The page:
Q2 Stadium attendees swapped their Verde for red, white and blue as they packed the sold-out venue to watch the United States Men's National Team take down Jamaica 2-0 for their first World Cup Qualifying Match on Thursday.
FC Dallas's 18-year-old standout Ricardo Pepi was the man of the match as he scored twice to put Team USA over The Reggae Boyz. The Texas native has scored a brace at Q2 once before in a 5-3 defeat over Austin FC in August.
In a now-signature move for Austin futbol fans, the South Side supporters' section raised a large banner, or "tifo," depicting the original World Cup trophy with the USMNT slogan "Only Forward" displayed across the bottom as the match began.
A night Austin will never forget. It's always great having you, @USMNT. 🙌
📸: @trevorpaulhus pic.twitter.com/h1ZExBUOMJ
— Austin FC (@AustinFC) October 8, 2021
The "biggest party in Austin" was in for a treat as the team played better than they had in months, but it wouldn't prove fruitful until the beginning of the second half. Head Coach Gregg Berhalter's emphasis on "verticality," or quickly pushing up the field, paid off as Pepi grabbed a cross from Sergiño Dest to score from six yards out in the 49th minute. According to The Athletic, the drive from goalkeeper to opponent's goal took just 16 seconds.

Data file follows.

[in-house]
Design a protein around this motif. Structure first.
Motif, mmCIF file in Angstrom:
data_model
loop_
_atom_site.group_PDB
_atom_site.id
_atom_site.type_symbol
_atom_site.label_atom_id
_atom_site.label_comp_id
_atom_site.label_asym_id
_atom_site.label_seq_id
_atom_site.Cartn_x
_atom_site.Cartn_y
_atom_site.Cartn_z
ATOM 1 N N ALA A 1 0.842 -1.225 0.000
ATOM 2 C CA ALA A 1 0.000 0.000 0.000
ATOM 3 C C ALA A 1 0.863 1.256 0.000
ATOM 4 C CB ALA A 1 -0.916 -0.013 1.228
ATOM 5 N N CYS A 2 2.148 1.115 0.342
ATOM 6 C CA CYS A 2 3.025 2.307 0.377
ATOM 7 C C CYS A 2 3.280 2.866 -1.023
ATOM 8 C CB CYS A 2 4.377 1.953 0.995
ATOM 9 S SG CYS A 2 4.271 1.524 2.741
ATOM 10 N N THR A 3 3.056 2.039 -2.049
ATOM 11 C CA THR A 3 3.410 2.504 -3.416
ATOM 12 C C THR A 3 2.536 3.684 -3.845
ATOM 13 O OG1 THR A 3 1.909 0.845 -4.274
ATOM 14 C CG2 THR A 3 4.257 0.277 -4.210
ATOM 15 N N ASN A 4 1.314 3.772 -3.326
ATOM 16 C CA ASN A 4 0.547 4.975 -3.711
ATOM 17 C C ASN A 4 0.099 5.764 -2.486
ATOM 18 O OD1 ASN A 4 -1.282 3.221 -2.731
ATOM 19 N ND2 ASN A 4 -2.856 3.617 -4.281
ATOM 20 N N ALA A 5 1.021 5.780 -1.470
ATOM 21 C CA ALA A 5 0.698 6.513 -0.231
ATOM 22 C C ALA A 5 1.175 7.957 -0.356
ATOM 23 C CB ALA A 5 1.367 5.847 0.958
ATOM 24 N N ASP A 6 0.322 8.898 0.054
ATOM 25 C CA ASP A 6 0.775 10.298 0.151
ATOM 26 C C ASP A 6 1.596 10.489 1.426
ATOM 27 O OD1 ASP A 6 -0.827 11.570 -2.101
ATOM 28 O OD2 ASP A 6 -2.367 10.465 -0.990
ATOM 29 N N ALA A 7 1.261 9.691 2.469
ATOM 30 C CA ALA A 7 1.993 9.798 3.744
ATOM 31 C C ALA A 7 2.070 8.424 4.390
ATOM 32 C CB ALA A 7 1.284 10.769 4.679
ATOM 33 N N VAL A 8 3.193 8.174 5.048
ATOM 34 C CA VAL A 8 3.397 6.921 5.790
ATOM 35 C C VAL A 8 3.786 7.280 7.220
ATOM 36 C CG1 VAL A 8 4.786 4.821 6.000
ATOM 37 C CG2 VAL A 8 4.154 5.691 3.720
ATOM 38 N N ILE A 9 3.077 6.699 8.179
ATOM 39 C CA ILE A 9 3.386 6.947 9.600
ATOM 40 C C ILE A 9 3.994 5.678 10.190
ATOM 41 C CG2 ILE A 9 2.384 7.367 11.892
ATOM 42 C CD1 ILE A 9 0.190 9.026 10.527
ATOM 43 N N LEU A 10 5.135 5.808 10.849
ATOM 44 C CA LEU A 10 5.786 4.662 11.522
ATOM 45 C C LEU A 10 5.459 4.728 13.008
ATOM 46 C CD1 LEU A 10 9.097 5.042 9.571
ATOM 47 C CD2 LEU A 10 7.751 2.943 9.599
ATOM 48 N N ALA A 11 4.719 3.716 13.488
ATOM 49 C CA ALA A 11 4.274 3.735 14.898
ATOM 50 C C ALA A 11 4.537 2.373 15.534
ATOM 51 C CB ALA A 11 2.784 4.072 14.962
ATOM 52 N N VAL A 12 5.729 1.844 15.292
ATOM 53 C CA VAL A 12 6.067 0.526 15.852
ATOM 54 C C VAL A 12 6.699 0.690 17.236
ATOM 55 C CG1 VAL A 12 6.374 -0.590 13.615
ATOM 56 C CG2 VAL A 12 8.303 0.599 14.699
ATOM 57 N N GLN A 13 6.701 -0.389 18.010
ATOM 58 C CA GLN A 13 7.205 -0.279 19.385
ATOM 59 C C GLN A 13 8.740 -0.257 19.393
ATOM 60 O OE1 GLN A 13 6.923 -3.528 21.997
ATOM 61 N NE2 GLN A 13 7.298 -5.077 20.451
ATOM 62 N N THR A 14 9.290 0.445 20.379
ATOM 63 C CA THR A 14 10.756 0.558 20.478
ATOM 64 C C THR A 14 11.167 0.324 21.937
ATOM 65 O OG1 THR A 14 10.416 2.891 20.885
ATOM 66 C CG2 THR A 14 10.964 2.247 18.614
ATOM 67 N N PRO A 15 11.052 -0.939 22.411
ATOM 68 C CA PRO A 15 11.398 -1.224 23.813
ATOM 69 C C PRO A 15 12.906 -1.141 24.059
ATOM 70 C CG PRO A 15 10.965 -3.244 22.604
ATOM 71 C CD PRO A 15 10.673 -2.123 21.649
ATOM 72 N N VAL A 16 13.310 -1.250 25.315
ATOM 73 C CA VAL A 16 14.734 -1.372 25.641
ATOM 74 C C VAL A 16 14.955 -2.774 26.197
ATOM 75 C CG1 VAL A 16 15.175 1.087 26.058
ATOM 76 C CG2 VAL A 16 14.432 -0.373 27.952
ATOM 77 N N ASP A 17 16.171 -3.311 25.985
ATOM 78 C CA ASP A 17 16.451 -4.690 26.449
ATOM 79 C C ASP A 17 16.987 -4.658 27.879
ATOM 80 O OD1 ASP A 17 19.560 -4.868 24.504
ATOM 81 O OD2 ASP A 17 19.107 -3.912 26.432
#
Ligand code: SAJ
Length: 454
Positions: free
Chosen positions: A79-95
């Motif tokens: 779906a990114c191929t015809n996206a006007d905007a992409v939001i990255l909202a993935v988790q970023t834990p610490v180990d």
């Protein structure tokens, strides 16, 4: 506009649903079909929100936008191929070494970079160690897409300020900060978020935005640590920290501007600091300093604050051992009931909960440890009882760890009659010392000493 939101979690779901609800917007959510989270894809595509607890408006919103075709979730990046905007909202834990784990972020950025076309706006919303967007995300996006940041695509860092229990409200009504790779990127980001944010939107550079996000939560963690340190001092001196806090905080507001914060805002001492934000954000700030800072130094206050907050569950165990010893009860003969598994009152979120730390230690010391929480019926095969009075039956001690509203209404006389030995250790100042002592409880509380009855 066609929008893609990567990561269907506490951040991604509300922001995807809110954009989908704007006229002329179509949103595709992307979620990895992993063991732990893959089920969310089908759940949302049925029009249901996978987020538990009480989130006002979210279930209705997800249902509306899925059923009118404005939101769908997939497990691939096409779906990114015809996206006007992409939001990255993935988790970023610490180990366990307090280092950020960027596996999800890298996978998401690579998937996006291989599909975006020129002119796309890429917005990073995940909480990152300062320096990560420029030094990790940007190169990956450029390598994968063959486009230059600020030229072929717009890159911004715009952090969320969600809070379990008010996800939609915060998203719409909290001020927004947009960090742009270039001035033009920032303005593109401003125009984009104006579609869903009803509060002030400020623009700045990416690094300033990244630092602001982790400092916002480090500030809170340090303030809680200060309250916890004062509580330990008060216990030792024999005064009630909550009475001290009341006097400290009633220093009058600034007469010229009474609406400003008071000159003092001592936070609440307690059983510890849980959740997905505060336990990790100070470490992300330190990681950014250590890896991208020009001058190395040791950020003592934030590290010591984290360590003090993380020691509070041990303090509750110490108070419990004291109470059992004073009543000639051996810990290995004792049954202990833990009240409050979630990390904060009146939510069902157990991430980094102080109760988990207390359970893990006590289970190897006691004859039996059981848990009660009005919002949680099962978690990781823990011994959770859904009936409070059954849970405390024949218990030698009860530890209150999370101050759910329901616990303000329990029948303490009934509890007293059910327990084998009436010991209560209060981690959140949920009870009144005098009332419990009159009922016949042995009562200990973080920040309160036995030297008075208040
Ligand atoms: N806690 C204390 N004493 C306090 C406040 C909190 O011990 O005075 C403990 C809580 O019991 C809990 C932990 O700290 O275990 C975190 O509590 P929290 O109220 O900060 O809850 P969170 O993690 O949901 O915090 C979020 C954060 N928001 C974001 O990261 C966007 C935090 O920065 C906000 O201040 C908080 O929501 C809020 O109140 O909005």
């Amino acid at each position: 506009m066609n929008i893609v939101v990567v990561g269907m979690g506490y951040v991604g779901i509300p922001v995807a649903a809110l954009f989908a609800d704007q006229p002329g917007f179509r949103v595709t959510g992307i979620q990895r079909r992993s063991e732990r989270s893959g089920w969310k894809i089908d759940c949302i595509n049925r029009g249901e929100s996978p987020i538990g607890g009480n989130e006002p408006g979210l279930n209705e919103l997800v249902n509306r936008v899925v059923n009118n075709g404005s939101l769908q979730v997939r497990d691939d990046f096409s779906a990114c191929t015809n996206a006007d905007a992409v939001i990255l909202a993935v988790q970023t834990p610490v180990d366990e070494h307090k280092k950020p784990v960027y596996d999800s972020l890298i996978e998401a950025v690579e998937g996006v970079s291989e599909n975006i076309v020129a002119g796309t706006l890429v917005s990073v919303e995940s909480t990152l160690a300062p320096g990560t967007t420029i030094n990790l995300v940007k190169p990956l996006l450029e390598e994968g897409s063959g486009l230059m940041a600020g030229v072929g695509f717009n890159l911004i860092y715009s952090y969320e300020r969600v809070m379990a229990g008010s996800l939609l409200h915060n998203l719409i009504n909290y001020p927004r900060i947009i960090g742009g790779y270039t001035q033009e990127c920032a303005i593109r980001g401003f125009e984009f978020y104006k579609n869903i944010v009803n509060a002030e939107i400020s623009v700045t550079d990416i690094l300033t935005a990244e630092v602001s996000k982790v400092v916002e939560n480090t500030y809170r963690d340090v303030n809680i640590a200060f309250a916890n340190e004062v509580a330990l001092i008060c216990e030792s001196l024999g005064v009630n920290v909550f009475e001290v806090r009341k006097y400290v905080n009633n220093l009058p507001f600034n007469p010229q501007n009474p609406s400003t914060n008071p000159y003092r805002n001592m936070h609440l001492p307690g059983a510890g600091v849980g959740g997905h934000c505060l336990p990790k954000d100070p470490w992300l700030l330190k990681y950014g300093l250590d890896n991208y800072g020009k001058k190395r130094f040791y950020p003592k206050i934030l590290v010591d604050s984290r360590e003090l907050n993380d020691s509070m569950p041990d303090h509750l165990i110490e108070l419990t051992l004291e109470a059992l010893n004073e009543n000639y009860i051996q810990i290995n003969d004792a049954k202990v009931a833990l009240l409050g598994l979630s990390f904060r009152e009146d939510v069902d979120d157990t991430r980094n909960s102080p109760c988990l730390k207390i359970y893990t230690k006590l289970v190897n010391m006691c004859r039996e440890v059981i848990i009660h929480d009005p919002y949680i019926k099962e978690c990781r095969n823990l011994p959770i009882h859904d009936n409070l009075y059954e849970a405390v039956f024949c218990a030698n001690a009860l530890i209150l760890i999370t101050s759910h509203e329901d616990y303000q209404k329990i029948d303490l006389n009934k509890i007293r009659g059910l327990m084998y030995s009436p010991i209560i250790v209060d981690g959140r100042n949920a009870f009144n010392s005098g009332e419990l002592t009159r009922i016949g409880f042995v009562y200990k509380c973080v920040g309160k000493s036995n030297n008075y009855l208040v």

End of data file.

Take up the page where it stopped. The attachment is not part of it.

A tale of two halves.
And by two we really mean the second one.#OnlyForward #SoloPaLante pic.twitter.com/gSk8YRiNUm
— U.S. Soccer MNT (@USMNT) October 8, 2021
Pepi would strike again in 62nd as he sped one past Jamaican keeper Andre Blake off a cross to score his third goal in just two appearances with the national team.
.@AaronsonBrenden ➡️ @Ricardo_Pepi9 🔥
Third career goal in two caps for the 18-year-old. pic.twitter.com/tKQYeyoxZI
— U.S. Soccer MNT (@USMNT) October 8, 2021
Jamaica would be unable to bounce back as they continued to fall to the bottom of the eight-team Concacaf World Cup Qualifying table.
While the win was expected from a team that has defeated longtime rivals Mexico twice this year, the decisive defeat came even as stars Christian Pulisic—of English Premier League club Chelsea—and Gio Reyna—son of Austin FC sporting director Claudio Reyna—were out on injury.